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The following article contains and discusses content that may be distressing to some readers.
Reason for Warning: This page contains uncensored usage of a slur in the context of a community that uses it as a form of reclamation.

Cripplepunk (also known as c-punk, Crippunk, or Cr*pple Punk, able-bodied people should use these terms to refer to it due to the word "cripple" being a slur) is a movement that focuses on disability pride, exclusively for physical disabilities. Cripplepunk involves accepting and loving oneself for, not despite of, disabilities, mobility aids, and the struggles that come with them. It also rejects the myth of disabled people as "inspirational" heroes simply because they have a disability, and that they have to be perfectly nice and submissive to be respected by able-bodied people. Many people involved in Cripplepunk bond over their struggles, being treated as lesser by able-bodied people, and the ableism in the medical industry and society as a whole. Cripplepunk is for physically disabled people specifically.


The photo that started it all

Here is the picture that started cripplepunk, a photo of Tyler Trewhella outside of a diner.

Cripplepunk was created by the late Tumblr user @crpl-pnk[1](real name Tyler Trewhella), after they posted a picture of them standing with their cane, a cigarette dangling out of their mouth, with the caption "cripple punk" and the description "i'm starting a movement." It was reblogged and liked by 40,000+ people, and the caption "cripplepunk" became used as a tag for physically disabled people fighting against the norms placed on them by society. Disabled people used the tag to share tips with each other about medication, discussed their experiences with ableism, shared art, and generally celebrated each other and practiced solidarity.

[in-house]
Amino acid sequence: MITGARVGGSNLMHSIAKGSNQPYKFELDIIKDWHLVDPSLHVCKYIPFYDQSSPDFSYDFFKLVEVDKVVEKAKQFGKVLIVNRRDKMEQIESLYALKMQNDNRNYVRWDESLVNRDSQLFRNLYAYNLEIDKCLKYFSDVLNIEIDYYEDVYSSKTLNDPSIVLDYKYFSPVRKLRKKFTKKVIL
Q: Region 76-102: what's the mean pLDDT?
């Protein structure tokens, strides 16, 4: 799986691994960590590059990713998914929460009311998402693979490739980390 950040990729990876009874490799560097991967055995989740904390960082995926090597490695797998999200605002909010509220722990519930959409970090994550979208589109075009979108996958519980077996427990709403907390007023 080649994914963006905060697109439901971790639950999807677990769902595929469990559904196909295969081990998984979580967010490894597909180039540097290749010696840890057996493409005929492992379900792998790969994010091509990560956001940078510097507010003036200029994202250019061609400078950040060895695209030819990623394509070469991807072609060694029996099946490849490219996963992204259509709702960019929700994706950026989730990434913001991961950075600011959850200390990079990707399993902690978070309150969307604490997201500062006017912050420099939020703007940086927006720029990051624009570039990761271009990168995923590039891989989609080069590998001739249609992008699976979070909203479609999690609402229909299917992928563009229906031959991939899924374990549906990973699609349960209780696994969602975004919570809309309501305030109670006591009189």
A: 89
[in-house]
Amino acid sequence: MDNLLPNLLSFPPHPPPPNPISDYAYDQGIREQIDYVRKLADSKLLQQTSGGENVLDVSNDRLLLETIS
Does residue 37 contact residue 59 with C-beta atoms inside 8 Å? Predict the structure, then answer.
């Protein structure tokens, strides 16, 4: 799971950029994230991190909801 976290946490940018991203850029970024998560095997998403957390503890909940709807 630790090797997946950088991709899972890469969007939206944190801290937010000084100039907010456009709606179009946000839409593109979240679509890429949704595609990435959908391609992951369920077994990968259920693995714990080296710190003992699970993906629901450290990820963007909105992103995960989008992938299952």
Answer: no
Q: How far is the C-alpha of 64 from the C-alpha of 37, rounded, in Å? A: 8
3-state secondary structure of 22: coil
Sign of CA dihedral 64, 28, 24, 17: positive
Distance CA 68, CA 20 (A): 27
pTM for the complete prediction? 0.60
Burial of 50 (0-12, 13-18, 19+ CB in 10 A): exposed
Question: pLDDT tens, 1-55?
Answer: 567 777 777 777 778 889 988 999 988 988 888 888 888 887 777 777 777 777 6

Cripplepunk aims to normalize disabilities and accessibility, and as such, Cripplepunk activists fight for closed captions, image descriptions, wheelchair ramps, feeding tubes, cheaper mobility aids, and recognition of intersectionality in disabled spaces.


Cripplepunk is not an aesthetic but rather a political movement, and as such there is no strictly associated style. Crust punk style inspirations are somewhat popular among cripplepunks, and so is the customisation of mobility aids, including adding spikes or chains.


Under construction.


  • Ex Drummer


External links to help get a better understanding of this movement.